I’ll confess that we’ve considered similar schemes. And I thought they were a great idea, finding myself in opposition to my partners on this point.
But a quick review of the site and the offer today have me convinced that I was wrong: It’s absolutely the wrong way to go.
Here’s their basic offer:
To get your 512MB iPod® shuffle, just write 50 qualifying Judy’s Book reviews and invite 10 friends to join:
- Your reviews must be of local businesses – reviews of national chains will not be counted toward your total
more than 10 of your reviews can be for restaurants, coffee shops, bars
or clubs (a list of suggested review topics is provided to help you get
- Reviews must be at least 50 words in length
There’s a lot of problems with this. The biggest is that it makes the user’s experience about getting the Ipod, not getting value from the site. You write your best reviews as you have experiences over time — at or near the time they happen. But the schedule here is driven by the bribe.
The 50 words requirement and the different categories might seem to be a good idea, if you’re the owner of the site looking to gin up quick content. But those requirements have little to do with the users’ needs. Lengthier reviews aren’t necessarily better, and I may be a restaurant expert with lots to offer in that area. (Interestingly, the first four reviews I looked at were all 50-53 words– no extra mile here.)
All this adds up to reviews like this one for the DMA:
This is one of the coolest art museums that i have been to
in this world. I just think that it is a great space. not only is it a art
museum but the buidling itself is a marevlous peice of art sitting right off of
the high way. It is a really great place to go. This place has some of the
worlds greatest artist from monet to picasso. I love this place and plan on
taking my son one day when he understands!
Not terribly enlightening. And it’s one among six other reviews that don’t provide any new information to anyone who lives in Dallas.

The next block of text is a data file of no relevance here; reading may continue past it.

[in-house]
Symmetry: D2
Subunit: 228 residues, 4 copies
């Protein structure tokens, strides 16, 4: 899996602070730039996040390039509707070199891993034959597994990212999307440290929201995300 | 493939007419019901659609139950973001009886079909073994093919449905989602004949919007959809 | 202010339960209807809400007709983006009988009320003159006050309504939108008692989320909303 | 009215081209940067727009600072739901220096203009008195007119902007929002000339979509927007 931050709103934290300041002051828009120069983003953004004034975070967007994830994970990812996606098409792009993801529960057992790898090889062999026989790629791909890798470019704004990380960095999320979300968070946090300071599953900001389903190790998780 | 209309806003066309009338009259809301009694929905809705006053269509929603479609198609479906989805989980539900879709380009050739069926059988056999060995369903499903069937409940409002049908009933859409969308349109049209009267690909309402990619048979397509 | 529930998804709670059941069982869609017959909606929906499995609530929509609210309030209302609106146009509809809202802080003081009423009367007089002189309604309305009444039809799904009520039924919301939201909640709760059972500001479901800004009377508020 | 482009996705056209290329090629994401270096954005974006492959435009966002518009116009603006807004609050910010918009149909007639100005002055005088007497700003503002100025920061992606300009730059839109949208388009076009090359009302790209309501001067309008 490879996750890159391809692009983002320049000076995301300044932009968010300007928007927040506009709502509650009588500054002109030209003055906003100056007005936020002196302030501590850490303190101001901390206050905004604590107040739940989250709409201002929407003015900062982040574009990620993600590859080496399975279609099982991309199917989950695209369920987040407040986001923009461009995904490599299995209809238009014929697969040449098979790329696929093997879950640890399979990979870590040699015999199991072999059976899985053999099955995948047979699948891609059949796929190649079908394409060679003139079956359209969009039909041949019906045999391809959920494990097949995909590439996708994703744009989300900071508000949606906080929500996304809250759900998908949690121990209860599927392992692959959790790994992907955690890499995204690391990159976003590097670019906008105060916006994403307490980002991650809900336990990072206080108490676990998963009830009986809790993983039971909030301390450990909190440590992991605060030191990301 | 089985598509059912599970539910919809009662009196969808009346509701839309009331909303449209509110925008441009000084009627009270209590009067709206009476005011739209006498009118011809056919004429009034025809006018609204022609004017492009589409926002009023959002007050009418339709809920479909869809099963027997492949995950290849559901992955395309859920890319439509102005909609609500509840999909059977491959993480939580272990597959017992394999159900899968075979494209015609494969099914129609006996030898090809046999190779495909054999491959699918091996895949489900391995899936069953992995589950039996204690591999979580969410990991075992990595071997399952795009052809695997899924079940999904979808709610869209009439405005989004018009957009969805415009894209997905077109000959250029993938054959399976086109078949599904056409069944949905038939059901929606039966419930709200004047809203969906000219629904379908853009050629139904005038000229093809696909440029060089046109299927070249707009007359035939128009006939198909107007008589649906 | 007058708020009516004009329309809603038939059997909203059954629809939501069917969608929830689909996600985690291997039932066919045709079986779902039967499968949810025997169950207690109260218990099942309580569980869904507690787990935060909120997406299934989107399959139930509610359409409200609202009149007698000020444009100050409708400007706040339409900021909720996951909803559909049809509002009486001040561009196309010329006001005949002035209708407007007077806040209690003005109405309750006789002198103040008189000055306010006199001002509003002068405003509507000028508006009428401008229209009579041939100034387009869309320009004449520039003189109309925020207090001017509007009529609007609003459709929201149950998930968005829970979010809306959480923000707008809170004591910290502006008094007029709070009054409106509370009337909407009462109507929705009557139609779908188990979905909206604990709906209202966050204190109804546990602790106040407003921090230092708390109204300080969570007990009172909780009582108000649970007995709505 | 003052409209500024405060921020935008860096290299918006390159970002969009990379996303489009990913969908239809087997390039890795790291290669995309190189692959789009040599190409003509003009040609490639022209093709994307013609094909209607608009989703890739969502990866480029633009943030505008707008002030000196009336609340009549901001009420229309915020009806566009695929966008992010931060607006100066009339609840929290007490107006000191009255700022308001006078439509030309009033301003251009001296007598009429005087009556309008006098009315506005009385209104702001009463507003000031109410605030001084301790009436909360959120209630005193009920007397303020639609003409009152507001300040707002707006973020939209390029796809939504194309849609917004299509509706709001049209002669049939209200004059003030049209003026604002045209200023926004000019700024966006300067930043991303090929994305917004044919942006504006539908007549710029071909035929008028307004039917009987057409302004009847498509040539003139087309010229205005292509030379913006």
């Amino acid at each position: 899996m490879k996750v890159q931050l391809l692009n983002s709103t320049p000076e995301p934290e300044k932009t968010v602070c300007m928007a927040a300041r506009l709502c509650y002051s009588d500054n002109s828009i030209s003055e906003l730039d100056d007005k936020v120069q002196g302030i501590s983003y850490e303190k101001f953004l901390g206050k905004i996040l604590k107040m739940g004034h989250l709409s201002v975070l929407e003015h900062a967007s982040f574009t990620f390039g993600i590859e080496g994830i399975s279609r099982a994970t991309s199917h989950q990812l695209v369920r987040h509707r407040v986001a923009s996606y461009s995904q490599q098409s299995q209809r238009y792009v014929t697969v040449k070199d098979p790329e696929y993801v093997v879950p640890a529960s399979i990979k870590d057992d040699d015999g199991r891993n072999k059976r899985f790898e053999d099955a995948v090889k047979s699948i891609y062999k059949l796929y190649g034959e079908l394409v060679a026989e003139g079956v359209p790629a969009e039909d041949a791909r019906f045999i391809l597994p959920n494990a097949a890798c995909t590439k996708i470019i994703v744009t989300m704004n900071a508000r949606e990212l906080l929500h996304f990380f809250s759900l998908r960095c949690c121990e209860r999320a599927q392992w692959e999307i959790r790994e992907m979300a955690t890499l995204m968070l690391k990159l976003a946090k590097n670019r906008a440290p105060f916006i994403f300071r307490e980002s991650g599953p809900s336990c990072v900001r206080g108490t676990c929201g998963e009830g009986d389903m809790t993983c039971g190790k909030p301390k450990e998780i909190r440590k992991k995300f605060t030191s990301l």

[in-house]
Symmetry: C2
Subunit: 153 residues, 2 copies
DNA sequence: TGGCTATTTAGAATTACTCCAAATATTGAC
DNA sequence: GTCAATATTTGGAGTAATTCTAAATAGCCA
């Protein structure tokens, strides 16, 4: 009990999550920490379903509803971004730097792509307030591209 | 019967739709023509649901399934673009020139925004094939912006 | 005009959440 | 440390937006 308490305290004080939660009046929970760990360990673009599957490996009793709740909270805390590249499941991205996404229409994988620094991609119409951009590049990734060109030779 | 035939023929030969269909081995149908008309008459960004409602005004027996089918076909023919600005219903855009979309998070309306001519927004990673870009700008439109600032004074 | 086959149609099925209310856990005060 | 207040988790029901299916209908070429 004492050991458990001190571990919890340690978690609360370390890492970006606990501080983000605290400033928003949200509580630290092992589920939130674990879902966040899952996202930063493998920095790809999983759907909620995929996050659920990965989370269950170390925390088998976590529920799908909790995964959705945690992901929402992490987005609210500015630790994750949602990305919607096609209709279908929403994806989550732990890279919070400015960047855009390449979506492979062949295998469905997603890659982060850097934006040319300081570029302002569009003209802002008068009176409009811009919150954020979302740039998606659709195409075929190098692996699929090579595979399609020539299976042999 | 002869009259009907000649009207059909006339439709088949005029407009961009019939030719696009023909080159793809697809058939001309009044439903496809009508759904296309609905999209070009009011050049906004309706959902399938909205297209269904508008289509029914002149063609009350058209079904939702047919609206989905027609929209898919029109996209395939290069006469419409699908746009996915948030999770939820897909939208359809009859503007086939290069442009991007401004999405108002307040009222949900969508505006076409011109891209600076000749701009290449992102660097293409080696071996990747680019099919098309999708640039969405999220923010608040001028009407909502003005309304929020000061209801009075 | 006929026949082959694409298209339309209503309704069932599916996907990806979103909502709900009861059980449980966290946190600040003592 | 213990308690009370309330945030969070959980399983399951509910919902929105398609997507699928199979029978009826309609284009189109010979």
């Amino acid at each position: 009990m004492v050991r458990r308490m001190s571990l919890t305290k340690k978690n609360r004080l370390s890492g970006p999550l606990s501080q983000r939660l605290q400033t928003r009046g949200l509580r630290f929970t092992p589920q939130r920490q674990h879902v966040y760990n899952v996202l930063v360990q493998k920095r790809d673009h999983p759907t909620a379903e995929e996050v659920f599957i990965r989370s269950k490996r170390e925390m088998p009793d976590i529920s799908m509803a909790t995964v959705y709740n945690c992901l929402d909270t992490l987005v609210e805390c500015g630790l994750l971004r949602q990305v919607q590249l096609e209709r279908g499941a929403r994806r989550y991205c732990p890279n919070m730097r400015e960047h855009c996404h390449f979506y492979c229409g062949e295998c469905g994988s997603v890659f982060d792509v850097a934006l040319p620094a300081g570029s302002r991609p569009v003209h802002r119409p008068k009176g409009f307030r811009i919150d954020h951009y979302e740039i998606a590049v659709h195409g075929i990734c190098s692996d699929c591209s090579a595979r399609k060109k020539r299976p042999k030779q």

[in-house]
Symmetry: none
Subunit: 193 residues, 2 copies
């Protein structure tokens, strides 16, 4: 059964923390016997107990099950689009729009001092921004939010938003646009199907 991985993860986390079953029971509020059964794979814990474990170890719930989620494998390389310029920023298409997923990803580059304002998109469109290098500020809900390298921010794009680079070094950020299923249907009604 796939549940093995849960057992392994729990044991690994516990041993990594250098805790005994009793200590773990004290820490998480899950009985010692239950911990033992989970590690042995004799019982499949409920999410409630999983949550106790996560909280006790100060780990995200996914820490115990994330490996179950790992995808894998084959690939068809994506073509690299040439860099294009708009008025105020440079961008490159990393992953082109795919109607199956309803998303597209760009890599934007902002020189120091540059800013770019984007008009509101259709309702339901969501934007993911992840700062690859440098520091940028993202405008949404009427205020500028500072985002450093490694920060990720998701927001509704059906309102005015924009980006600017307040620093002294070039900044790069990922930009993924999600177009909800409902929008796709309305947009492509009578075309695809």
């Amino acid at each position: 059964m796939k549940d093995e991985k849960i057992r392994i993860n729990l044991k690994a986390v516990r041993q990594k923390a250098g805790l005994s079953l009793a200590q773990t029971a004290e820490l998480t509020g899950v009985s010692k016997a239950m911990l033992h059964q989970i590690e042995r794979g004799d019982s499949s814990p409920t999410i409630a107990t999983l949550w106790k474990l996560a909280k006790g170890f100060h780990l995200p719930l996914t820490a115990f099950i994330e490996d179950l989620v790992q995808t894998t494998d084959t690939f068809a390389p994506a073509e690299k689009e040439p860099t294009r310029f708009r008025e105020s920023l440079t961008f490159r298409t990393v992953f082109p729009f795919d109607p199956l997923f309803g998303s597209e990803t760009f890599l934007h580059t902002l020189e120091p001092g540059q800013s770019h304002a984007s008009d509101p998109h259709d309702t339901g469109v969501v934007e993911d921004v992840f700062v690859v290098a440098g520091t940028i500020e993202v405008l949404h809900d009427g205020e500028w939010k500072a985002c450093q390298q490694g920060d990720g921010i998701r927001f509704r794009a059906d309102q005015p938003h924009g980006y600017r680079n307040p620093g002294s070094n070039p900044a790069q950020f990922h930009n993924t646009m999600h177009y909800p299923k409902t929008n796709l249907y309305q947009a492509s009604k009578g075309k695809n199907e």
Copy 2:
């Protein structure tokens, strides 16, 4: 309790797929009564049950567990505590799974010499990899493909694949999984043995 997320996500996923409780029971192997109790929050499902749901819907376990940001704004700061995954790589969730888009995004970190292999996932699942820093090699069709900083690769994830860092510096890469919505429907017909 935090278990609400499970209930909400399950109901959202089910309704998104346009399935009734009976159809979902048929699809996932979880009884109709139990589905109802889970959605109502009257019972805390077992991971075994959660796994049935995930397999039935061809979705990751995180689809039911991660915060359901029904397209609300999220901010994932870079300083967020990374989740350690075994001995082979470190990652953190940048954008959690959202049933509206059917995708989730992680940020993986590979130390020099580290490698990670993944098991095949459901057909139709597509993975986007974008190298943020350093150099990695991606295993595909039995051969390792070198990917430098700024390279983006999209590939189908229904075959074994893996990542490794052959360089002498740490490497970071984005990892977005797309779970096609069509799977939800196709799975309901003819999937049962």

Don’t get me wrong– the site does a lot of things right, including the effective use of Google Maps. But they’re doing themselves and their users a disservice with a scheme that places the bribe over the experience, whatever short-term publicity it brings. It exacerbates this situation:
…the Internet is getting really crowded these days. There is so much stuff out there.
And enforced 50-word reviews in service of receipt of an Ipod are not likely to be relevant. Sure, enough of them are a great stat for the VC’s, but will they spur passion about the actual site? Will they create engagement and repeat visits? It’s like buying the magazine subscription for the great premium and then never reading the magazine.
I foresee a Team Judy meeting on the topic of how to remove all the junk reviews from the site.
I’m not saying we won’t reward our loyal readers and contributors. Someday, we might even give some of them Ipods. Or even laptops. Or ice cream cones. But it won’t be in a tit-for-tat scheme. It’ll be a surprise thank-you to strengthen the bond already created by their enjoyment of our product.
We may never get as many review posts in a single day as Judy did today. (BTW: Object lesson in making sure one has enough server power and bandwidth.) But the ones gotten as a natural part of the user experience are more likely to be more relevant. And read. And monetized.